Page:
No Cross Referrals and the Mountain of Wool – Dad’s Drawers Episode 15

blues and greens basket

I have realised that it is over a year since my last offering and I’m going to be in trouble if I don’t pick up the pace soon. A couple of years ago the editor of Ambo, our parish magazine, asked me if they could serialise my blog. The magazine comes out on a quarterly basis, and as I was already at blog number 12 by that time I thought, that’s okay, it’s going to be years before they catch up with me. They are now up to blog number 10!  So that gives me just over a year before they catch up with today’s offering. What I should have been doing is writing shorter and more frequent blogs if I wanted to keep any momentum going, but that ship has sailed and in any case, I never have been a woman of few words.  As my school reports frequently noted “Julie is a chatterbox”.

IMG_09541870’s tile from Architectural Pottery, Poole, Dorset. Designed by William de Morgan for William Morris.  This tile sat in the family kitchen for many a year, unremarked upon, like so many of the bits and pieces that mum and dad collected over the years.  It’s only now, seen in isolation, that I have appreciated the richness of design and the vibrancy of the colours. 

Rest assured that I haven’t been sorting through bits and not telling you; more that the luxury of doing it, if and when fancied, had temporarily disappeared because of more urgent demands on my time and emotions.

IMG_1559More hand-dyed and hand-spun wool

While this may be a more serious start than usual to my blog, I feel that I couldn’t continue my light-hearted saunter through the papers and possessions of the 4ft 11 maverick without any reference to my lovely mum, who was finally released from months of torment on June 28th.

While the family house is still in our possession, still full of 50 years of accumulations and the memories attached to them, it hasn’t been the home of my mum since October last year. After a fall and a subsequent rapid decline, mum spent her last few months living in a care home, accompanied by a diagnosis of Alzheimer’s disease.

This blog is dedicated to my mum, who it turns out, was no less of a hoarder than my dad. While ‘Mum’s Drawers’ doesn’t quite have the same ring to it of ‘Dad’s Drawers’, you will see that it was a photographic opportunity not to be missed and, that they are no less interesting and just a little more colourful than dad’s.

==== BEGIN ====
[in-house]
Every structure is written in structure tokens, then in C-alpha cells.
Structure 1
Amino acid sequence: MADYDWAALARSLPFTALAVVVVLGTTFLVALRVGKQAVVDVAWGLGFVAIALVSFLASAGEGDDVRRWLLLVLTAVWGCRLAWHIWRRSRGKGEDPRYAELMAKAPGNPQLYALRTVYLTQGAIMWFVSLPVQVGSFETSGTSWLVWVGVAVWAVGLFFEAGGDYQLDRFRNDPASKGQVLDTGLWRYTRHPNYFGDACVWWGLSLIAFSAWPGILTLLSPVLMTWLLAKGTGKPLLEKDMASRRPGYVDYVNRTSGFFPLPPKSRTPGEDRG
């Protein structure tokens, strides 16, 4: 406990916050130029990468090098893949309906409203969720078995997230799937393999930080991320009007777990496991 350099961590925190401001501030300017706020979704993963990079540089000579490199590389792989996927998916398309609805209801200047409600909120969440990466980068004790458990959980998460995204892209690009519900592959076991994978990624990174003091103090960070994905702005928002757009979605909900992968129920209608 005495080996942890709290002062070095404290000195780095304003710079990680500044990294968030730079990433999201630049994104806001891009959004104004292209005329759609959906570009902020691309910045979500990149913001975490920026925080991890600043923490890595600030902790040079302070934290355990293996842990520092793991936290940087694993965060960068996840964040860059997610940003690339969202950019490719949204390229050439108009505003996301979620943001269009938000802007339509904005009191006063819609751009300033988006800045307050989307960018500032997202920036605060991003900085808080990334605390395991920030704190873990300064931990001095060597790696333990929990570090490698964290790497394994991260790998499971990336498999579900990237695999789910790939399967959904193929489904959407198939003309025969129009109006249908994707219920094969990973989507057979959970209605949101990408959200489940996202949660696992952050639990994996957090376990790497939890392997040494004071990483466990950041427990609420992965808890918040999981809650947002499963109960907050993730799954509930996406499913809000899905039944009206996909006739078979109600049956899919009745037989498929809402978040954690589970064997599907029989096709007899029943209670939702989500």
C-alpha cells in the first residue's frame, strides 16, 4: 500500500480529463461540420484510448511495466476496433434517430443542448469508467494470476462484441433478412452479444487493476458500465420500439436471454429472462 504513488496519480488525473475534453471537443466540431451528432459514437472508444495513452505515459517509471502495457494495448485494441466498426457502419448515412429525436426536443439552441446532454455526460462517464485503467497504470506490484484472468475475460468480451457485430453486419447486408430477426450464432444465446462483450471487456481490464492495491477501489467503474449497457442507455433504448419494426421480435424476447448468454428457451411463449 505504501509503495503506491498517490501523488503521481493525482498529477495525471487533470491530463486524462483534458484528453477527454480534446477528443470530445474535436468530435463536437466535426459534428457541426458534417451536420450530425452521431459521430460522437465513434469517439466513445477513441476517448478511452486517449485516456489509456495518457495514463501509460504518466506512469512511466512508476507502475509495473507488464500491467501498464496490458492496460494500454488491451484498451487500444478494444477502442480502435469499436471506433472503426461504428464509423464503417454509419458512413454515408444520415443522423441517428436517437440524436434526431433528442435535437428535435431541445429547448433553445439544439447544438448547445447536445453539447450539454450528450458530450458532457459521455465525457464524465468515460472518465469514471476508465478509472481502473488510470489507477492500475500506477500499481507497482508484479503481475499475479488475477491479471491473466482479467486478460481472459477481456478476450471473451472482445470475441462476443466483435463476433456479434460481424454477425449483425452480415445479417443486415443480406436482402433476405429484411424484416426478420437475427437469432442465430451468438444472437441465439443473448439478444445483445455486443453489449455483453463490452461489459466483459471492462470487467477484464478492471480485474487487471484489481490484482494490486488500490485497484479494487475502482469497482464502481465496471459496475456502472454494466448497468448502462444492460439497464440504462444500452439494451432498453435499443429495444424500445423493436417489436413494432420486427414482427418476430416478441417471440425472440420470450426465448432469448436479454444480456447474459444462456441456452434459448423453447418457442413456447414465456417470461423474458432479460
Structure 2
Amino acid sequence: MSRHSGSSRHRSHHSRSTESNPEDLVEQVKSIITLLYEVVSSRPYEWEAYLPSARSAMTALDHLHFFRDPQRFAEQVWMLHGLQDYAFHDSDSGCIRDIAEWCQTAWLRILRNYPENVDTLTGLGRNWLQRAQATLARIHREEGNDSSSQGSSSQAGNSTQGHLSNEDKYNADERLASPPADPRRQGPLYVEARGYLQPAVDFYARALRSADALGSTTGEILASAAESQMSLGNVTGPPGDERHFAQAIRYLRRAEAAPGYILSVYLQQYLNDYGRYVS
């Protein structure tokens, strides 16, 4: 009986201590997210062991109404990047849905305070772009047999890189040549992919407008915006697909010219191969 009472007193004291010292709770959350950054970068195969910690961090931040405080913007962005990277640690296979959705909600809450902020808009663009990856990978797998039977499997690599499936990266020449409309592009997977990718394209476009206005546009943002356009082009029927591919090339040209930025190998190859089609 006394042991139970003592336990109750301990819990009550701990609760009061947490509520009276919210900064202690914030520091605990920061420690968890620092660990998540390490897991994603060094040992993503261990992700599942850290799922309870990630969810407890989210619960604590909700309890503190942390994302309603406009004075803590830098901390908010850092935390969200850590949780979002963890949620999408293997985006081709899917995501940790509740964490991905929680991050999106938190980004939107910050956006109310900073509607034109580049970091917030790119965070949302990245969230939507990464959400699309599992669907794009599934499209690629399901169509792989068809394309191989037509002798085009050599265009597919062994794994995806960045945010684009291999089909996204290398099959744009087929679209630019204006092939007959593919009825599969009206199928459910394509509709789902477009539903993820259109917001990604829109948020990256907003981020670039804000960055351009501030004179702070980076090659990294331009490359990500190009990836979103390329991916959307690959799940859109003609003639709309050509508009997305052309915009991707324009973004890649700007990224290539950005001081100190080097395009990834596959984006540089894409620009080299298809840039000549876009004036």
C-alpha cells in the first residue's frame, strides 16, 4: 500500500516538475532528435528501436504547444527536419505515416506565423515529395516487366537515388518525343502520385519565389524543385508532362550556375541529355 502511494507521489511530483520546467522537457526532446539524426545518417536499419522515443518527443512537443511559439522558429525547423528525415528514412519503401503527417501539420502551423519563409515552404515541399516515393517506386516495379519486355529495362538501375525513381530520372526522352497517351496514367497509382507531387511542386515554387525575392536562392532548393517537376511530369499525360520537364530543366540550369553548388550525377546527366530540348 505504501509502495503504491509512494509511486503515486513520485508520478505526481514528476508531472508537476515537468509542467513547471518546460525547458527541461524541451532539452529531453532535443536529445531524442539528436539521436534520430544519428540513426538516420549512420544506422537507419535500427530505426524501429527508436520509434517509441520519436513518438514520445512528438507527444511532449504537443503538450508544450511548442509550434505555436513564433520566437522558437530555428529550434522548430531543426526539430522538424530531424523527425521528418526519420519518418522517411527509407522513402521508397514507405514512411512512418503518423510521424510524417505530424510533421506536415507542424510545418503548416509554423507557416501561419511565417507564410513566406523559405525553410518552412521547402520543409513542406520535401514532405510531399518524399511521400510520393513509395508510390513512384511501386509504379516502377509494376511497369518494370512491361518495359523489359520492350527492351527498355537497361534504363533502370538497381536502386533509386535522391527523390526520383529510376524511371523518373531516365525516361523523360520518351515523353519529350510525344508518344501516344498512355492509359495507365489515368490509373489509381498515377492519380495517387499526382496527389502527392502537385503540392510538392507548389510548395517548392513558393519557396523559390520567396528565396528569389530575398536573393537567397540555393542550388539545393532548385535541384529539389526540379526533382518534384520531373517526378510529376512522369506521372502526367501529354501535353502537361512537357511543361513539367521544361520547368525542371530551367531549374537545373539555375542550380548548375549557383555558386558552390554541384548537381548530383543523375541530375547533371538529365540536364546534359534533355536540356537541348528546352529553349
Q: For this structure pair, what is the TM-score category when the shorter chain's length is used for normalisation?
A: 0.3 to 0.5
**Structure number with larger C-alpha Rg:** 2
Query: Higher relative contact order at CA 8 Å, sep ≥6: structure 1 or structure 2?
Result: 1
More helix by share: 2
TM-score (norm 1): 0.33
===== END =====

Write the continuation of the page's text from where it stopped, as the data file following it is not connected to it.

buttonsYou can never have enough buttons

Rant interlude; please feel free to skip………………………

While I don’t feel that this is the place to dwell on the jumping of hurdles and the frustrations of navigating through a system that seems to be designed for confusion, I feel that I have to say something here. Considering I should have the requisite skills, having worked in an advice setting for over 15 years, I found sorting out services for my mum as easy as walking through treacle in oversized wellington boots……..while attached to bungee elastic. Every service that I had painstakingly set up in Cambridgeshire to make mum’s life just that little bit easier had to be set up all over again when I moved her, a mere 10 miles across the county border to Essex, to be closer to me.

knot-of-needles.jpgA knot of needles


That physio that had taken six months to visit mum the first time round – Gone! Another referral needed from a new GP and back to the end of the queue.

That specialist from the memory clinic who had booked a home visit – Gone! Different department now; go back to GP and wait for a new appointment.

The Occupational Therapist who had been so good at securing aids and keeping mum mobile – Gone! “OTs don’t go to people in care homes in Essex; you’ll have to pay for a private one to do a new assessment”. And….. this is a whole new rant just waiting to happen…….. did you know that there is a whole range of services not available to people once they move into a care home despite their needs! “You’re just waiting to die, so why do you need a wheelchair?” Okay, so nobody actually said that to me, but you could hear it in their voices.

IMG_1563More wool

And yet more frustrating conversations…..

“No, North Essex only covers Chelmsford. Saffron Walden is East Essex” (Saffron Walden is actually 25 miles north of Chelmsford)